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I don't normally look to Esquire for information about important changes in public policies and institutions. But the July Esquire has at least one such article, by Thomas P. M. Barnett (The Pentagon's New Map) on Defense Secretary Donald Rumsfeld.

Barnett is one of the most interesting strategic thinkers around, and his article told me a lot I didn't know. Money quote: "Four armed services existed at the outset of the Rumsfeld era, but only one military force will remain when he's gone." The Goldwater-Nichols Act of 1986, one of the most important laws Congress has passed in the last half-century, imposed jointness in military operations: Each of the regional commands draws on forces from all the services and makes its battle plans separate from the Joint Chiefs of Staff. But the services have tended to go their own way in what seems to be their major work, acquisition of military equipment. Rumsfeld, Barnett argues, is changing that, and in ways that he hopes will long survive his tenure. Fascinating.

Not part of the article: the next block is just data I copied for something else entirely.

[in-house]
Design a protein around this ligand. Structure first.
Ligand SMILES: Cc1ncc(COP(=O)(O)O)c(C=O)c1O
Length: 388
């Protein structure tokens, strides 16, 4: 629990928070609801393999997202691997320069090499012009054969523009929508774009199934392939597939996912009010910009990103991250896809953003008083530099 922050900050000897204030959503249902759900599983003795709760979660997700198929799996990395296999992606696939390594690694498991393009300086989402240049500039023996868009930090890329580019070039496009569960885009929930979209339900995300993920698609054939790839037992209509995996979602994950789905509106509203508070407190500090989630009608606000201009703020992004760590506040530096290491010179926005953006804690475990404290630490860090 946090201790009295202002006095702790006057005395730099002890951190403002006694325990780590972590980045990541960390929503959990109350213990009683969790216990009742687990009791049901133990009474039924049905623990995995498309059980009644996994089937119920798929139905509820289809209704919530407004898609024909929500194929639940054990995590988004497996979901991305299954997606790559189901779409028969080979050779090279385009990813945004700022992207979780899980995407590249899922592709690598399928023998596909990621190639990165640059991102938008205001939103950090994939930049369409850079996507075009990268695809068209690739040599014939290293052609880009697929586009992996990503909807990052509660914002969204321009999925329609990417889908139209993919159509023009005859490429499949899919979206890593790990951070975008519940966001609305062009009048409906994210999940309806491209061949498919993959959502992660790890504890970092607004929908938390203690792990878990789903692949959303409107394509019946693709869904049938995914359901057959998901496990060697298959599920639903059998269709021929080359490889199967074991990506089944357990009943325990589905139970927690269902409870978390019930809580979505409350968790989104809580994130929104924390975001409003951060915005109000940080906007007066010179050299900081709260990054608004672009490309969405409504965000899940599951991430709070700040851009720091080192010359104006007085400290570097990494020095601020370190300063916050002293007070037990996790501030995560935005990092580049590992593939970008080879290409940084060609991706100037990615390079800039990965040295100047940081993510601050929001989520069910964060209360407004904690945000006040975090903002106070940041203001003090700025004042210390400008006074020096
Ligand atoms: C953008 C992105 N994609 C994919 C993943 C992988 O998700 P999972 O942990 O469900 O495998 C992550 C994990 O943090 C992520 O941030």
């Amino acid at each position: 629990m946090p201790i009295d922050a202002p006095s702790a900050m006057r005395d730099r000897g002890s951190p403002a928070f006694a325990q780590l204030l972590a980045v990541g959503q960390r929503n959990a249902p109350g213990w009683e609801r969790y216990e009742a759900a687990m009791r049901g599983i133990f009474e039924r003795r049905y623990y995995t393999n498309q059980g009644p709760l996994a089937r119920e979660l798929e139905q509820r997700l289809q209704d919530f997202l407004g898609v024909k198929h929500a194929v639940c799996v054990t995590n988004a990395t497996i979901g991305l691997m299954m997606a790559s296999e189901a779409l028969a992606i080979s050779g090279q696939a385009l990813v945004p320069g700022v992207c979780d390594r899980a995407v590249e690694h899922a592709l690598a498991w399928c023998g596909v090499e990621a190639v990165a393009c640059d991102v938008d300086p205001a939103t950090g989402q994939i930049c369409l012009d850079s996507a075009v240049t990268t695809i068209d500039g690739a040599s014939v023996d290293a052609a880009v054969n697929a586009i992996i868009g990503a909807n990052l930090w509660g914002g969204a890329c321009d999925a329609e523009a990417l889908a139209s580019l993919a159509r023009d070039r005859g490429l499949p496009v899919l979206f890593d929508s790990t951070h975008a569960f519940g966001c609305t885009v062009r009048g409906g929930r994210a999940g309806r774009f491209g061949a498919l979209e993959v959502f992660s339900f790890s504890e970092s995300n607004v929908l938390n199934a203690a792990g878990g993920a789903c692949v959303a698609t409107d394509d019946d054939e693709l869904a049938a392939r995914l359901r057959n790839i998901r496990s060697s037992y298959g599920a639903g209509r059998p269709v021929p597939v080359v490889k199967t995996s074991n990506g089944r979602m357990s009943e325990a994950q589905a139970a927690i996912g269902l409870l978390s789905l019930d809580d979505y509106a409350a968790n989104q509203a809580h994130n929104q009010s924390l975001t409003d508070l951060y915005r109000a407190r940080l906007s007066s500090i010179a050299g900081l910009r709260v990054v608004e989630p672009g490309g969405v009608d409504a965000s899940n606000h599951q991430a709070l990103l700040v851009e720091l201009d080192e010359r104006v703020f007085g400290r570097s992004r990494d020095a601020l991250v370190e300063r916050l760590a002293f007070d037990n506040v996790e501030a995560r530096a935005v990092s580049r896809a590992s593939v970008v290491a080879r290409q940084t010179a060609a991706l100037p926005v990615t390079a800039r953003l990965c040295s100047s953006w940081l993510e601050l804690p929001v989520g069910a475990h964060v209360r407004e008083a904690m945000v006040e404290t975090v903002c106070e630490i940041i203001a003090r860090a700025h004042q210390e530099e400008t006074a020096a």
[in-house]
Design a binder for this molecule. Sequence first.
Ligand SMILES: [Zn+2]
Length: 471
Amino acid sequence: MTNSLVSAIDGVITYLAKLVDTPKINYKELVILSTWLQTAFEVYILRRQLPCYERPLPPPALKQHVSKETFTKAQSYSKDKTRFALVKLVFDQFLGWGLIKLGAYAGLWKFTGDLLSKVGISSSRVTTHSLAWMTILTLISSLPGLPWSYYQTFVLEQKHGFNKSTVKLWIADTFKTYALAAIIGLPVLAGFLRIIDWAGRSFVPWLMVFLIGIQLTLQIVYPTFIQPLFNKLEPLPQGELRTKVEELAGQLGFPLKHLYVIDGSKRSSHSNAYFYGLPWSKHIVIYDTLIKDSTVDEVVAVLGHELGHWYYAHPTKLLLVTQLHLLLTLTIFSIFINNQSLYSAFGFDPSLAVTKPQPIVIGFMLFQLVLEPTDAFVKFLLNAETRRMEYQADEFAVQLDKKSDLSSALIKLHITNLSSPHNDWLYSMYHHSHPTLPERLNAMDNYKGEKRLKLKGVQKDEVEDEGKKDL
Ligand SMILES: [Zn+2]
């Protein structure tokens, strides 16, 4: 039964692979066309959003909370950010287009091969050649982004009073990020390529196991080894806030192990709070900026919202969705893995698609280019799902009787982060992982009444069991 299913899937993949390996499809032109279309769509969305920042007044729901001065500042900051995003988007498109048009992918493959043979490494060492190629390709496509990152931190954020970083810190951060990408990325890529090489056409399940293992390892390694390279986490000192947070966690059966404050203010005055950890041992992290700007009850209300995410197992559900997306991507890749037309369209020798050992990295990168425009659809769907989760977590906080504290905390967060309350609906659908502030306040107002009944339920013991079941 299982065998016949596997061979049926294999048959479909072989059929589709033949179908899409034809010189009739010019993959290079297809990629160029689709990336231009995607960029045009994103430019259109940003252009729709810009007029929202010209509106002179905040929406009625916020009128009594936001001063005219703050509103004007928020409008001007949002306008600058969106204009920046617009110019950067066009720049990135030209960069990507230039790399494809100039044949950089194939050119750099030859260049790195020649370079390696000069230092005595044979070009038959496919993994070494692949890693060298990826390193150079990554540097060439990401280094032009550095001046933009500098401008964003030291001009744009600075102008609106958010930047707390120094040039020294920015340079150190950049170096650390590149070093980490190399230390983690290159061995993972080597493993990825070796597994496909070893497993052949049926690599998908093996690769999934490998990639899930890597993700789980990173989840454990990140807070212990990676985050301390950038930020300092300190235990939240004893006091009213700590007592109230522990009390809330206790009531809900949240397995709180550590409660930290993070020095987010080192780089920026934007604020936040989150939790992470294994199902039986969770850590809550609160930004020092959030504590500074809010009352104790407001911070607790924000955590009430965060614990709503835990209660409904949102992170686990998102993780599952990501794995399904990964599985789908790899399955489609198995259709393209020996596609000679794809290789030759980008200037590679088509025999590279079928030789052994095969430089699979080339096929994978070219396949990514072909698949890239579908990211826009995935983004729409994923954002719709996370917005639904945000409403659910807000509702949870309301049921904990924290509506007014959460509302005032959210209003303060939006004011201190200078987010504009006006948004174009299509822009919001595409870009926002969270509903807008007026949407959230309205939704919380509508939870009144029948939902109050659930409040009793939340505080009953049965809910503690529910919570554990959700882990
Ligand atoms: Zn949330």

As they say, read the whole thing.